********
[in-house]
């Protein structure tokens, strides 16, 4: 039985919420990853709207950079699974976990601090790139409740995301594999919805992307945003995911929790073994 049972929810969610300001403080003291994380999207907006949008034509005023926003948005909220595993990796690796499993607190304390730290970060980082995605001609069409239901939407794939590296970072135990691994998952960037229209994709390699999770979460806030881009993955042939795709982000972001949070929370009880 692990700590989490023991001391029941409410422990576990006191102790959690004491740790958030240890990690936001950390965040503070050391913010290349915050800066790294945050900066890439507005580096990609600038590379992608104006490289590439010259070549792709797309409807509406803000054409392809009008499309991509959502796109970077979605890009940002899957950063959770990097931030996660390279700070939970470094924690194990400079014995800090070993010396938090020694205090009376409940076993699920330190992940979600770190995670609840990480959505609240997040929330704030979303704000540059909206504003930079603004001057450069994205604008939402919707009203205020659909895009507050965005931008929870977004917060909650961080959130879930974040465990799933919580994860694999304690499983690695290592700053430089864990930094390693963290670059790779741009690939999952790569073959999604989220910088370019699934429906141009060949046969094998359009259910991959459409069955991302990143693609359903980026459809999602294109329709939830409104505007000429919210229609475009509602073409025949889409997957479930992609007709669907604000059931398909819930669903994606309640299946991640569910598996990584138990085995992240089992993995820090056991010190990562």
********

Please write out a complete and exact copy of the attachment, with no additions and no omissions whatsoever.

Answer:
[in-house]
């Protein structure tokens, strides 16, 4: 039985919420990853709207950079699974976990601090790139409740995301594999919805992307945003995911929790073994 049972929810969610300001403080003291994380999207907006949008034509005023926003948005909220595993990796690796499993607190304390730290970060980082995605001609069409239901939407794939590296970072135990691994998952960037229209994709390699999770979460806030881009993955042939795709982000972001949070929370009880 692990700590989490023991001391029941409410422990576990006191102790959690004491740790958030240890990690936001950390965040503070050391913010290349915050800066790294945050900066890439507005580096990609600038590379992608104006490289590439010259070549792709797309409807509406803000054409392809009008499309991509959502796109970077979605890009940002899957950063959770990097931030996660390279700070939970470094924690194990400079014995800090070993010396938090020694205090009376409940076993699920330190992940979600770190995670609840990480959505609240997040929330704030979303704000540059909206504003930079603004001057450069994205604008939402919707009203205020659909895009507050965005931008929870977004917060909650961080959130879930974040465990799933919580994860694999304690499983690695290592700053430089864990930094390693963290670059790779741009690939999952790569073959999604989220910088370019699934429906141009060949046969094998359009259910991959459409069955991302990143693609359903980026459809999602294109329709939830409104505007000429919210229609475009509602073409025949889409997957479930992609007709669907604000059931398909819930669903994606309640299946991640569910598996990584138990085995992240089992993995820090056991010190990562």